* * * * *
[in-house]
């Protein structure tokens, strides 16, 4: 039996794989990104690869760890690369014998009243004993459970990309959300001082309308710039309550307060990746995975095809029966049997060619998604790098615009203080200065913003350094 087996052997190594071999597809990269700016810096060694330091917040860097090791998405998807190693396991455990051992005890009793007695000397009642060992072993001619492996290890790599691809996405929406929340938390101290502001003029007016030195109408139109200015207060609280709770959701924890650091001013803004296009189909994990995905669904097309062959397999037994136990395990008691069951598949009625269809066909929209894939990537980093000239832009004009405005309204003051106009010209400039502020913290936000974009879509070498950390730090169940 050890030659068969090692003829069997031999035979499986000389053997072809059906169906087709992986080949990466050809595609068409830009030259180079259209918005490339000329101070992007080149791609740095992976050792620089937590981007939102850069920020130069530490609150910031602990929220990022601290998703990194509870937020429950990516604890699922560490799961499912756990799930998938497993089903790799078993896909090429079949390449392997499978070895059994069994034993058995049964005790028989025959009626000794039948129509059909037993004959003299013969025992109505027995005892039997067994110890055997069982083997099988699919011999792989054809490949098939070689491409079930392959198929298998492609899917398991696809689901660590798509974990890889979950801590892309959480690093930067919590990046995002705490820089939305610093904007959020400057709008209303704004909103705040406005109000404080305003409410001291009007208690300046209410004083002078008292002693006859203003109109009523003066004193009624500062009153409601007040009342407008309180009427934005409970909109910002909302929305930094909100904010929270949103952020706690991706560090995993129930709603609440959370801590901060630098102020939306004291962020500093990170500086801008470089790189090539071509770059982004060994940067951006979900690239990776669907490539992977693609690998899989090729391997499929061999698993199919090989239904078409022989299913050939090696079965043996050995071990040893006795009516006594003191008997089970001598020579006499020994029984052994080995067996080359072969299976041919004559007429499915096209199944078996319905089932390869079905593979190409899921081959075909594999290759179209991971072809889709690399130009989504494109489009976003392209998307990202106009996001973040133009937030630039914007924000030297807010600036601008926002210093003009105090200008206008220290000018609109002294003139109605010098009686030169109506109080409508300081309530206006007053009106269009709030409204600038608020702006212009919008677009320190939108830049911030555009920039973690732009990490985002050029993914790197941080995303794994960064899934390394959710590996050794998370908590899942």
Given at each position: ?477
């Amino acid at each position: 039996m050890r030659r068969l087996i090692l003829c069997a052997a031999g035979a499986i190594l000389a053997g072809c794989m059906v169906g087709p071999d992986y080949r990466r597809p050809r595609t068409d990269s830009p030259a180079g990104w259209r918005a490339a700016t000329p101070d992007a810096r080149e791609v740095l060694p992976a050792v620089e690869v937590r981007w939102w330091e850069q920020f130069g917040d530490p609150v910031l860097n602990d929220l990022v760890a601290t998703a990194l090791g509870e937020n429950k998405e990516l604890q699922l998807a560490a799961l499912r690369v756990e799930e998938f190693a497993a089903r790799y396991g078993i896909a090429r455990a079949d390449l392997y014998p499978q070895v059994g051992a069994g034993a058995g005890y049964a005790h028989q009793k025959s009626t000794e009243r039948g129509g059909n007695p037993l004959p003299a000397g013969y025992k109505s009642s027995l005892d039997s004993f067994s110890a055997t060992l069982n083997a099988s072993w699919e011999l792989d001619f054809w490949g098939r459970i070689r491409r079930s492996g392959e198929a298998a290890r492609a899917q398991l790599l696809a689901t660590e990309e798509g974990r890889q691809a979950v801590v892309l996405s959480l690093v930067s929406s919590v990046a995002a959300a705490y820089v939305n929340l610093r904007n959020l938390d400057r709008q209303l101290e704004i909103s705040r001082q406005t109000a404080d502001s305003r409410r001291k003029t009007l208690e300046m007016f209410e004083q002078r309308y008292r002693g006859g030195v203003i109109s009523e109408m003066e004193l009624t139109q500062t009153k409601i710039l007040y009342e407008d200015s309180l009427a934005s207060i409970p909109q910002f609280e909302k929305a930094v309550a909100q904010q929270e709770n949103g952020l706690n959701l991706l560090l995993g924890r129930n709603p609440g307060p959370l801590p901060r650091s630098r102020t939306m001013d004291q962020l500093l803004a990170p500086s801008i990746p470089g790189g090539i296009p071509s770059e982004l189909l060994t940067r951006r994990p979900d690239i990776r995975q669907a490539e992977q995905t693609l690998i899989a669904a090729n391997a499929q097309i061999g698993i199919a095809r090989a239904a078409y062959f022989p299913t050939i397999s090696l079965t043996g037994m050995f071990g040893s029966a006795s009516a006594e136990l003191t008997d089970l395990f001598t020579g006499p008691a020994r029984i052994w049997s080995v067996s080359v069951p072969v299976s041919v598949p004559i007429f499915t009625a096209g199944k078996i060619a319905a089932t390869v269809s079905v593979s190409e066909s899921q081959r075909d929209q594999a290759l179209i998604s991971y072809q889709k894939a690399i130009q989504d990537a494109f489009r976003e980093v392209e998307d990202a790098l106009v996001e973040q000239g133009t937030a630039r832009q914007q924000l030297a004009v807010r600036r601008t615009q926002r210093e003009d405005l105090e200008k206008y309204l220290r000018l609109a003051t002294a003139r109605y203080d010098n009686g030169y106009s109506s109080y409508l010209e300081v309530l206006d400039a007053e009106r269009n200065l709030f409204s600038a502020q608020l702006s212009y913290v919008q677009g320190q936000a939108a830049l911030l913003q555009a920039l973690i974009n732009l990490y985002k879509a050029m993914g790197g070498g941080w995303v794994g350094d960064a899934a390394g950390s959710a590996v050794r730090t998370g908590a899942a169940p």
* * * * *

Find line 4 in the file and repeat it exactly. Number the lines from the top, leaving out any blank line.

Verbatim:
């Amino acid at each position: 039996m050890r030659r068969l087996i090692l003829c069997a052997a031999g035979a499986i190594l000389a053997g072809c794989m059906v169906g087709p071999d992986y080949r990466r597809p050809r595609t068409d990269s830009p030259a180079g990104w259209r918005a490339a700016t000329p101070d992007a810096r080149e791609v740095l060694p992976a050792v620089e690869v937590r981007w939102w330091e850069q920020f130069g917040d530490p609150v910031l860097n602990d929220l990022v760890a601290t998703a990194l090791g509870e937020n429950k998405e990516l604890q699922l998807a560490a799961l499912r690369v756990e799930e998938f190693a497993a089903r790799y396991g078993i896909a090429r455990a079949d390449l392997y014998p499978q070895v059994g051992a069994g034993a058995g005890y049964a005790h028989q009793k025959s009626t000794e009243r039948g129509g059909n007695p037993l004959p003299a000397g013969y025992k109505s009642s027995l005892d039997s004993f067994s110890a055997t060992l069982n083997a099988s072993w699919e011999l792989d001619f054809w490949g098939r459970i070689r491409r079930s492996g392959e198929a298998a290890r492609a899917q398991l790599l696809a689901t660590e990309e798509g974990r890889q691809a979950v801590v892309l996405s959480l690093v930067s929406s919590v990046a995002a959300a705490y820089v939305n929340l610093r904007n959020l938390d400057r709008q209303l101290e704004i909103s705040r001082q406005t109000a404080d502001s305003r409410r001291k003029t009007l208690e300046m007016f209410e004083q002078r309308y008292r002693g006859g030195v203003i109109s009523e109408m003066e004193l009624t139109q500062t009153k409601i710039l007040y009342e407008d200015s309180l009427a934005s207060i409970p909109q910002f609280e909302k929305a930094v309550a909100q904010q929270e709770n949103g952020l706690n959701l991706l560090l995993g924890r129930n709603p609440g307060p959370l801590p901060r650091s630098r102020t939306m001013d004291q962020l500093l803004a990170p500086s801008i990746p470089g790189g090539i296009p071509s770059e982004l189909l060994t940067r951006r994990p979900d690239i990776r995975q669907a490539e992977q995905t693609l690998i899989a669904a090729n391997a499929q097309i061999g698993i199919a095809r090989a239904a078409y062959f022989p299913t050939i397999s090696l079965t043996g037994m050995f071990g040893s029966a006795s009516a006594e136990l003191t008997d089970l395990f001598t020579g006499p008691a020994r029984i052994w049997s080995v067996s080359v069951p072969v299976s041919v598949p004559i007429f499915t009625a096209g199944k078996i060619a319905a089932t390869v269809s079905v593979s190409e066909s899921q081959r075909d929209q594999a290759l179209i998604s991971y072809q889709k894939a690399i130009q989504d990537a494109f489009r976003e980093v392209e998307d990202a790098l106009v996001e973040q000239g133009t937030a630039r832009q914007q924000l030297a004009v807010r600036r601008t615009q926002r210093e003009d405005l105090e200008k206008y309204l220290r000018l609109a003051t002294a003139r109605y203080d010098n009686g030169y106009s109506s109080y409508l010209e300081v309530l206006d400039a007053e009106r269009n200065l709030f409204s600038a502020q608020l702006s212009y913290v919008q677009g320190q936000a939108a830049l911030l913003q555009a920039l973690i974009n732009l990490y985002k879509a050029m993914g790197g070498g941080w995303v794994g350094d960064a899934a390394g950390s959710a590996v050794r730090t998370g908590a899942a169940p």